54. I think the trajectory of the empty self that traverses from Hegel to Lacan originates in Paul’s discourse. Hegel studied at a Lutheran seminary, and Luther certainly subscribed to the Pauline doctrine of human incompleteness. Luther was a both/and sort of thinker: both bread/wine and body/blood, both sinner and saint, both immanent and transcendent, both dead to self and alive to Christ. For Hegel the inner split between self-as-agent and self-as-consciousness resolves itself through submission to the Ultimate Master who is Death, but Death is eventually swallowed up in Life; i.e., the transcendent Spirit. The Spirit is also split between action and awareness, and in the culmination of the ages, at the end of history, Spirit overcomes its inner split. Through development the human self too overcomes the inner split, acting out on a limited human scale what Spirit is approaching on a cosmic scale.

    Lacan inherits the Hegelian split but rejects the transcendent healing of the split; he inherits Hegelian emptiness but rejects the plenitude of the Spirit. Lacan mostly wants to get the individual to arrive at the awareness of the split with the hole in the middle, and also to reject the Christian premise that something from outside the self will be able to fill this hole and heal the split. He’s not much of a guide about what one is supposed to do upon reaching this position of subjective destitution, but I’d say the work becomes something like a cautious existentialism: create the self within the fairly narrow limits permitted by the social world in which the self is embedded. Deleuze, in contrast, rejects the Hegelian/Lacanian split/hole psychology, saying that it’s an artifact of Christian theology and the marketplace that thrives on selling junk that supposedly fills the hole in the self.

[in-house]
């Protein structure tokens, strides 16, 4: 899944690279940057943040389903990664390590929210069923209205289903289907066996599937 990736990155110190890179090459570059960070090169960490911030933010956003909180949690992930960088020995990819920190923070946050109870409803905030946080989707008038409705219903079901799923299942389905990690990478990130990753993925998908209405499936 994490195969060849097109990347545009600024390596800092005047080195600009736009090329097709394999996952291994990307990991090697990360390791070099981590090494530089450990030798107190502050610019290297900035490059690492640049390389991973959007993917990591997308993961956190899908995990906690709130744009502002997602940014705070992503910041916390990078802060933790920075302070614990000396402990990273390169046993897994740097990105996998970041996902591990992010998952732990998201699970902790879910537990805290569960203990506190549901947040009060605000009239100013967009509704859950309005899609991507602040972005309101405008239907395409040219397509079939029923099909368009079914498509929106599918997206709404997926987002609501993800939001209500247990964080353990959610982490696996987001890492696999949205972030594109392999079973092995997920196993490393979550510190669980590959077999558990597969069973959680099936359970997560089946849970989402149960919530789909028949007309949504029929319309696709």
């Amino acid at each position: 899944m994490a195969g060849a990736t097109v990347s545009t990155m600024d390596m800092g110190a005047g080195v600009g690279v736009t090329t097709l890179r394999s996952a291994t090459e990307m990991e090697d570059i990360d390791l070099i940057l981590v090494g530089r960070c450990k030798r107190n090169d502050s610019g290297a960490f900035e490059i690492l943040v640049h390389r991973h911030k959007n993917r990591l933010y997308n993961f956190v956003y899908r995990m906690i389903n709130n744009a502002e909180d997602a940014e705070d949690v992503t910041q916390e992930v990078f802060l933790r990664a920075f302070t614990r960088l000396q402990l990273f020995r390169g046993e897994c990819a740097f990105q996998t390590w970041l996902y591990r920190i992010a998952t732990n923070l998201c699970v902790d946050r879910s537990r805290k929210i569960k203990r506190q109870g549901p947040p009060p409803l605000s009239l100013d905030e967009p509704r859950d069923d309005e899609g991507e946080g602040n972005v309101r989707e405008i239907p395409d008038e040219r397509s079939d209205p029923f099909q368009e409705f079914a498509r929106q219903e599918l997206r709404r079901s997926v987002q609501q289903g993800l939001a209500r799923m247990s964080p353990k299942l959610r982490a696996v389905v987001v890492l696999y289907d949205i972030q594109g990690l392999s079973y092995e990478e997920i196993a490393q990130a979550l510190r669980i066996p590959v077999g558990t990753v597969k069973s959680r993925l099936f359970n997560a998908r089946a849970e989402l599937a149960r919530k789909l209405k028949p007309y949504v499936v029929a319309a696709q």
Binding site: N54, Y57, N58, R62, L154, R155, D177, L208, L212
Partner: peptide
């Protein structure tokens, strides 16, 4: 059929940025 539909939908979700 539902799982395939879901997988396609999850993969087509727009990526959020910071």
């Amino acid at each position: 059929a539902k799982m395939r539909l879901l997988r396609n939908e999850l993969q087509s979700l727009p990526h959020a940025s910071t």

Like

    Comment by ktismatics — 31 March 2008 @ 6:57 am

  55. “I find that the vast majority of so-called “spirituality” occurs within religious institutions where it is impossible to distinguish the transcendent Spirit/God from men’s desire to control and gain power.”

    Hence your fast from church? The hermetic branch of monasticism is motivated by this purely individual search for true mystical experience. It’s interesting that in Catholic governance dating back through medieval times the monastic organizational network operates in parallel to the priest/bishop/cardinal hierarchy of the church. Possibly this is true in the Orthodox organizational charts as well.

    Like

    Comment by ktismatics — 31 March 2008 @ 7:43 am